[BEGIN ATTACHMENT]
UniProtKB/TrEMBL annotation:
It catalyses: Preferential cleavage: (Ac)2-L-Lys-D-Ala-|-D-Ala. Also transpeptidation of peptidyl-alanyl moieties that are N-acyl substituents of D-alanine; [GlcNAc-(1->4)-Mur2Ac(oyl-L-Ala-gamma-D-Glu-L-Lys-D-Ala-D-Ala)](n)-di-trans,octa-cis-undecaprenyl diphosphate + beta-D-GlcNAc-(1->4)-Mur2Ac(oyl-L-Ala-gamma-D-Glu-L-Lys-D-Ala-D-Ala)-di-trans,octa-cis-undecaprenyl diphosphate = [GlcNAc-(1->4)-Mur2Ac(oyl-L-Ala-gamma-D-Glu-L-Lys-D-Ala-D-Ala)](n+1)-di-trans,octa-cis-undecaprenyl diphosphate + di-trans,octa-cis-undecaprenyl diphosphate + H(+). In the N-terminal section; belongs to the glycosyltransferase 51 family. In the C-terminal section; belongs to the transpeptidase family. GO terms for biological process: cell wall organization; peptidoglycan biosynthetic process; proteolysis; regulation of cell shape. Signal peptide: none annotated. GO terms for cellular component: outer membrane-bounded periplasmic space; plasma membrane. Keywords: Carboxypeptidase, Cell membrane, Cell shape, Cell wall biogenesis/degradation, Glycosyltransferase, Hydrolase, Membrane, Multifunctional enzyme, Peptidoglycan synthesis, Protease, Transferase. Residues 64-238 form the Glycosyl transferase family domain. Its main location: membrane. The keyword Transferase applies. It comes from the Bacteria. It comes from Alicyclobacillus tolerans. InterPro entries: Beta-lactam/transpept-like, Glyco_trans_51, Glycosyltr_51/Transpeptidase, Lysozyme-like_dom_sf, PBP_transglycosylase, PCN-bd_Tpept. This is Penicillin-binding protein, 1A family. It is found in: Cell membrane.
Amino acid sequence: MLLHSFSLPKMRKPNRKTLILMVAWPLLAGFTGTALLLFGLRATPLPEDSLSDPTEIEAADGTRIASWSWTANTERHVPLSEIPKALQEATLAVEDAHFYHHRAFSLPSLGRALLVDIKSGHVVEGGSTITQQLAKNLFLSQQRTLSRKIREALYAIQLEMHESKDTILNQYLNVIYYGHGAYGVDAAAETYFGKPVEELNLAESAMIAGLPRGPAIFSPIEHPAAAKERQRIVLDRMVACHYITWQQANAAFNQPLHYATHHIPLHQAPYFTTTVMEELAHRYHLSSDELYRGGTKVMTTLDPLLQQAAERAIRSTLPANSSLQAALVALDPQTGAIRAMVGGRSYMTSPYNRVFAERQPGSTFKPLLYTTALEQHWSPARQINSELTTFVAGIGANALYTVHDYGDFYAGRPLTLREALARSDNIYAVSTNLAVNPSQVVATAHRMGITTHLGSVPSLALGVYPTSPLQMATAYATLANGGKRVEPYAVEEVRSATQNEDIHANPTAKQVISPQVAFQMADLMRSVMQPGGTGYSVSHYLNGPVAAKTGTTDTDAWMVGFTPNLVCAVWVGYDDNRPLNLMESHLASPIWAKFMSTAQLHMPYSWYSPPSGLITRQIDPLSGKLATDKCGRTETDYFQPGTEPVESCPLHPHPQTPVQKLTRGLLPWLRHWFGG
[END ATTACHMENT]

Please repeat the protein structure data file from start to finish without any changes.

UniProtKB/TrEMBL annotation:
It catalyses: Preferential cleavage: (Ac)2-L-Lys-D-Ala-|-D-Ala. Also transpeptidation of peptidyl-alanyl moieties that are N-acyl substituents of D-alanine; [GlcNAc-(1->4)-Mur2Ac(oyl-L-Ala-gamma-D-Glu-L-Lys-D-Ala-D-Ala)](n)-di-trans,octa-cis-undecaprenyl diphosphate + beta-D-GlcNAc-(1->4)-Mur2Ac(oyl-L-Ala-gamma-D-Glu-L-Lys-D-Ala-D-Ala)-di-trans,octa-cis-undecaprenyl diphosphate = [GlcNAc-(1->4)-Mur2Ac(oyl-L-Ala-gamma-D-Glu-L-Lys-D-Ala-D-Ala)](n+1)-di-trans,octa-cis-undecaprenyl diphosphate + di-trans,octa-cis-undecaprenyl diphosphate + H(+). In the N-terminal section; belongs to the glycosyltransferase 51 family. In the C-terminal section; belongs to the transpeptidase family. GO terms for biological process: cell wall organization; peptidoglycan biosynthetic process; proteolysis; regulation of cell shape. Signal peptide: none annotated. GO terms for cellular component: outer membrane-bounded periplasmic space; plasma membrane. Keywords: Carboxypeptidase, Cell membrane, Cell shape, Cell wall biogenesis/degradation, Glycosyltransferase, Hydrolase, Membrane, Multifunctional enzyme, Peptidoglycan synthesis, Protease, Transferase. Residues 64-238 form the Glycosyl transferase family domain. Its main location: membrane. The keyword Transferase applies. It comes from the Bacteria. It comes from Alicyclobacillus tolerans. InterPro entries: Beta-lactam/transpept-like, Glyco_trans_51, Glycosyltr_51/Transpeptidase, Lysozyme-like_dom_sf, PBP_transglycosylase, PCN-bd_Tpept. This is Penicillin-binding protein, 1A family. It is found in: Cell membrane.
Amino acid sequence: MLLHSFSLPKMRKPNRKTLILMVAWPLLAGFTGTALLLFGLRATPLPEDSLSDPTEIEAADGTRIASWSWTANTERHVPLSEIPKALQEATLAVEDAHFYHHRAFSLPSLGRALLVDIKSGHVVEGGSTITQQLAKNLFLSQQRTLSRKIREALYAIQLEMHESKDTILNQYLNVIYYGHGAYGVDAAAETYFGKPVEELNLAESAMIAGLPRGPAIFSPIEHPAAAKERQRIVLDRMVACHYITWQQANAAFNQPLHYATHHIPLHQAPYFTTTVMEELAHRYHLSSDELYRGGTKVMTTLDPLLQQAAERAIRSTLPANSSLQAALVALDPQTGAIRAMVGGRSYMTSPYNRVFAERQPGSTFKPLLYTTALEQHWSPARQINSELTTFVAGIGANALYTVHDYGDFYAGRPLTLREALARSDNIYAVSTNLAVNPSQVVATAHRMGITTHLGSVPSLALGVYPTSPLQMATAYATLANGGKRVEPYAVEEVRSATQNEDIHANPTAKQVISPQVAFQMADLMRSVMQPGGTGYSVSHYLNGPVAAKTGTTDTDAWMVGFTPNLVCAVWVGYDDNRPLNLMESHLASPIWAKFMSTAQLHMPYSWYSPPSGLITRQIDPLSGKLATDKCGRTETDYFQPGTEPVESCPLHPHPQTPVQKLTRGLLPWLRHWFGG